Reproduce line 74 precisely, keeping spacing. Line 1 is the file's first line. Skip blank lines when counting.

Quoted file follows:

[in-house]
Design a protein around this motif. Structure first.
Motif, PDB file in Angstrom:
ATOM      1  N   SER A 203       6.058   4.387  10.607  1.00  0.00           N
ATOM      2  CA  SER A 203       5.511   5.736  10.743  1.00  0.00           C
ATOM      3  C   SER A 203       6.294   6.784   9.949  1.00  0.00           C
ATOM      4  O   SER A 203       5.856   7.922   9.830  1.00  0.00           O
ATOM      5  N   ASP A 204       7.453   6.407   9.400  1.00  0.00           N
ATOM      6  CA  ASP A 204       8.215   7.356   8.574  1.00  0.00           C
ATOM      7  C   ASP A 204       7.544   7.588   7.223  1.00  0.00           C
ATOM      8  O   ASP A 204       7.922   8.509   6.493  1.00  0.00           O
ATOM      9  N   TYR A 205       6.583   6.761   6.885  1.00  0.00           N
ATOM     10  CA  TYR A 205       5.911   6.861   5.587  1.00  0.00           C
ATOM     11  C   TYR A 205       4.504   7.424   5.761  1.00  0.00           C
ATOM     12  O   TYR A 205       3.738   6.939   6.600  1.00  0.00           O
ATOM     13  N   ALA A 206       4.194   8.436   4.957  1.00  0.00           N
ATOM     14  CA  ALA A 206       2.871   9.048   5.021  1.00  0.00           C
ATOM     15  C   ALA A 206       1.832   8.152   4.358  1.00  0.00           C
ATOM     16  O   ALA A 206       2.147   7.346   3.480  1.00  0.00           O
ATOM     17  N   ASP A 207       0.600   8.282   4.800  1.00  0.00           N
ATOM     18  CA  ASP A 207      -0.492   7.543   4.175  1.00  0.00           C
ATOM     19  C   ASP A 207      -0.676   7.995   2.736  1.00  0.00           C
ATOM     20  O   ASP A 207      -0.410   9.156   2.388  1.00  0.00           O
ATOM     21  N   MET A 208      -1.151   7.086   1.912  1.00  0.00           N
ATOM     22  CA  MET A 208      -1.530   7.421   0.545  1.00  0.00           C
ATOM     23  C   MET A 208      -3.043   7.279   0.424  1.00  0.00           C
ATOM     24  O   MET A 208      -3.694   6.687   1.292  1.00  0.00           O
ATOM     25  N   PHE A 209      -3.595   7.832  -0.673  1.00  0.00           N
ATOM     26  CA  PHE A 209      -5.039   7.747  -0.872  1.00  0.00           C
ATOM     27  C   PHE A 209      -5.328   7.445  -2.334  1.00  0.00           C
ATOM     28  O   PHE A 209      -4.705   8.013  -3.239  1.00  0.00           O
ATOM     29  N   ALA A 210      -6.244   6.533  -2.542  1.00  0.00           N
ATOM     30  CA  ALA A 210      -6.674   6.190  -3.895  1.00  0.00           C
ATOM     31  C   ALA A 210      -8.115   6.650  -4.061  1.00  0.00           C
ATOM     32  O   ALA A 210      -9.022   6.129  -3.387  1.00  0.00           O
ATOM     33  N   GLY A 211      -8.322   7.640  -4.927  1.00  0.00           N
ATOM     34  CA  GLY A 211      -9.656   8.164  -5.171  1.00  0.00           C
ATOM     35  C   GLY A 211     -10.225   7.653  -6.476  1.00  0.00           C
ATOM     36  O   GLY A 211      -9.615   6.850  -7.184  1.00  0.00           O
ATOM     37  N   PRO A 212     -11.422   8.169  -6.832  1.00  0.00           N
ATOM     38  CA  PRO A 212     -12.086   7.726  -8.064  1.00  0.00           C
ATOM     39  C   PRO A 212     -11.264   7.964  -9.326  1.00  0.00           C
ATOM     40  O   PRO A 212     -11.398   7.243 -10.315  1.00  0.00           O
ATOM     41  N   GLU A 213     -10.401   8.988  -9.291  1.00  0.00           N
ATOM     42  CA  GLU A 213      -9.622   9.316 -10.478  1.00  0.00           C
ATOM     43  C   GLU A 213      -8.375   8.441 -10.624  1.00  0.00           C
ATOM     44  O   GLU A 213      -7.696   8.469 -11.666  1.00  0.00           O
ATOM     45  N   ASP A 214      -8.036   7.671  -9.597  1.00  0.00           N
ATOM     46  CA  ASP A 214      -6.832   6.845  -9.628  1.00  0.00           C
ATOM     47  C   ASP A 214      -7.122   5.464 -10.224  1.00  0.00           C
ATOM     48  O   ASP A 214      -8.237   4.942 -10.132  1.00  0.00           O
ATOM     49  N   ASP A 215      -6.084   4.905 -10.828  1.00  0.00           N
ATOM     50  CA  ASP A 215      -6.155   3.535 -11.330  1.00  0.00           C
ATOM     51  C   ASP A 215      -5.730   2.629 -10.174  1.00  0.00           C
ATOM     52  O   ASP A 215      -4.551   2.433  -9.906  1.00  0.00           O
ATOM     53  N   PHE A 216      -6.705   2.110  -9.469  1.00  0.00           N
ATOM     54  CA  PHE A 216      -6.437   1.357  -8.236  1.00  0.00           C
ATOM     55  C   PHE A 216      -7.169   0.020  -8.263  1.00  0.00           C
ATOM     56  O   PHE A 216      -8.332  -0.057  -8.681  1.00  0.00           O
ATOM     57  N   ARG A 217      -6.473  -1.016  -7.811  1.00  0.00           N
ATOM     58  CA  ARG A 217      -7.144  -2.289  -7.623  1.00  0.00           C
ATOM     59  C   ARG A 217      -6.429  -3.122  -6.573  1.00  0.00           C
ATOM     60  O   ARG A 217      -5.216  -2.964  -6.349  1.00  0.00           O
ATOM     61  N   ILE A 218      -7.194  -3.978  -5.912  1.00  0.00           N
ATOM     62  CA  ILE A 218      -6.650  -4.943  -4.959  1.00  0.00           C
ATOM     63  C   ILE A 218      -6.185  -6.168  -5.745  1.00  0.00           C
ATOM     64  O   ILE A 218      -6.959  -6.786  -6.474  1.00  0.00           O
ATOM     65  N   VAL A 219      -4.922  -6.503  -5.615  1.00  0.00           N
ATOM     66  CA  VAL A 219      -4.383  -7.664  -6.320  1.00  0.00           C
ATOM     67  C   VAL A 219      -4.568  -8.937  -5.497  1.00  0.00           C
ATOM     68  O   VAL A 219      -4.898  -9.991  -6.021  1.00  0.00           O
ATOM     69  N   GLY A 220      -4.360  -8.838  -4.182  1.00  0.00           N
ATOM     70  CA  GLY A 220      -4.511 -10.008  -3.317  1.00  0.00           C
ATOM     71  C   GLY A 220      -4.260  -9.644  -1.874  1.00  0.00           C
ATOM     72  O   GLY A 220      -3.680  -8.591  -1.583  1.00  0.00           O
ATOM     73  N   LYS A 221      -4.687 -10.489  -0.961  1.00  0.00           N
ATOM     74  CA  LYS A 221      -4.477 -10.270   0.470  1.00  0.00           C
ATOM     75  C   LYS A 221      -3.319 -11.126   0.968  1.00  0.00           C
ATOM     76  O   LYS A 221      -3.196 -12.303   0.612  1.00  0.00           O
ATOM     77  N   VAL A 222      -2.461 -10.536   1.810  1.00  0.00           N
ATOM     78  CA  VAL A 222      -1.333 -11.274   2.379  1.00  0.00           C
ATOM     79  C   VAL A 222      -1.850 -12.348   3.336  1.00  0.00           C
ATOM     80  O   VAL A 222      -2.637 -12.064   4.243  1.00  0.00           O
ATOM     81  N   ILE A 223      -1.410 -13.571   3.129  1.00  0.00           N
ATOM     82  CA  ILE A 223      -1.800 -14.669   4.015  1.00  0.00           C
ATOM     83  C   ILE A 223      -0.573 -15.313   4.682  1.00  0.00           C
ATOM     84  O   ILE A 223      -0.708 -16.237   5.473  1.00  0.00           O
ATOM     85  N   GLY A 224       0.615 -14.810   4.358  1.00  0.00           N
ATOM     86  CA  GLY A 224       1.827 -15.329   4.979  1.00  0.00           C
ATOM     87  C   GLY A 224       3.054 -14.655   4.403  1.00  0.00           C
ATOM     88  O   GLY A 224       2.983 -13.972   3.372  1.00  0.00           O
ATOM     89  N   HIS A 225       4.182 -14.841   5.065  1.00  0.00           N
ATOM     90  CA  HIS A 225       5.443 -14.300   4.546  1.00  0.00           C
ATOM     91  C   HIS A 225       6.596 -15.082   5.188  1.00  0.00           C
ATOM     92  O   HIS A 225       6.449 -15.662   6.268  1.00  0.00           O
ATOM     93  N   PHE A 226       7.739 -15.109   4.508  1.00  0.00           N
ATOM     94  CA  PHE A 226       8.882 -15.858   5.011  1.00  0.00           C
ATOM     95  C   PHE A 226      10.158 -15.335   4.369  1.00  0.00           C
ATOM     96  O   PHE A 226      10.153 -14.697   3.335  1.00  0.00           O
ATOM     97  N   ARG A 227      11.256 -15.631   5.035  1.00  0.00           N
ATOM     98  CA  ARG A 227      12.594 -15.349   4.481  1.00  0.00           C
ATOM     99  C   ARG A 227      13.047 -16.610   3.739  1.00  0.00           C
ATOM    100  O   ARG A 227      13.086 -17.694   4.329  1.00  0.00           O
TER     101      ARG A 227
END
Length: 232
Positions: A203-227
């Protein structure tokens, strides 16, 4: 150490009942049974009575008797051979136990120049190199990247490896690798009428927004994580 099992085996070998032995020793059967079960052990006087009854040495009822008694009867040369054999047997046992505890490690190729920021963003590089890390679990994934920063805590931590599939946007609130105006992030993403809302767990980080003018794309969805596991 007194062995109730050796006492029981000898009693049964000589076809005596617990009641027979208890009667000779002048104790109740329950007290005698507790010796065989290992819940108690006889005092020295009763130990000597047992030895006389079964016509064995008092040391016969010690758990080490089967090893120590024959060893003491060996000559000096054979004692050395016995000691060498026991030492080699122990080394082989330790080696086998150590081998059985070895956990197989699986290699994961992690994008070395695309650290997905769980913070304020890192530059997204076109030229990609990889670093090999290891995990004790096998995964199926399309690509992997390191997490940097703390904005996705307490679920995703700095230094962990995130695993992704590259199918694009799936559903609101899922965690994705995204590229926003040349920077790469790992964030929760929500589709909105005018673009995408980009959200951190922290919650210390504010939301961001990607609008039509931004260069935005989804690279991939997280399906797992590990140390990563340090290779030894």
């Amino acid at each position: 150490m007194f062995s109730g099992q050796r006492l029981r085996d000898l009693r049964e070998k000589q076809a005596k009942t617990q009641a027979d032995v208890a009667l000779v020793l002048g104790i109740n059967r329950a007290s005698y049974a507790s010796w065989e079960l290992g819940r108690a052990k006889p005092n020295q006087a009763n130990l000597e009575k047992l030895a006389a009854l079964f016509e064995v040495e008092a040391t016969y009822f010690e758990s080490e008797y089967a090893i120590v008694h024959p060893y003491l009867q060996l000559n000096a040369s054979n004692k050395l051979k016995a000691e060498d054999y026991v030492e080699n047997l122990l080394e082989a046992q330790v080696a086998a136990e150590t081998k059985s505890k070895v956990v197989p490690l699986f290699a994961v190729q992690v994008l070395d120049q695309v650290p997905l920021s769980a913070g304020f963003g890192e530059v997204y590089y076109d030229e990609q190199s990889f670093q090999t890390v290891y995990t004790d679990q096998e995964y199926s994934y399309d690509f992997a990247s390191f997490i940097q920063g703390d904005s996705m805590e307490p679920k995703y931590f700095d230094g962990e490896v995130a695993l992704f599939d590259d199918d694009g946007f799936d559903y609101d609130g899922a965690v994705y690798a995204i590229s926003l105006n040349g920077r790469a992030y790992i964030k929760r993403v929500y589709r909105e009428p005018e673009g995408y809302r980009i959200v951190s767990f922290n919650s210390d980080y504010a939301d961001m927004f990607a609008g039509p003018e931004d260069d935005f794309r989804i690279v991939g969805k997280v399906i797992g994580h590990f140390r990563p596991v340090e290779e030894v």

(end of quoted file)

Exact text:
ATOM     71  C   GLY A 220      -4.260  -9.644  -1.874  1.00  0.00           C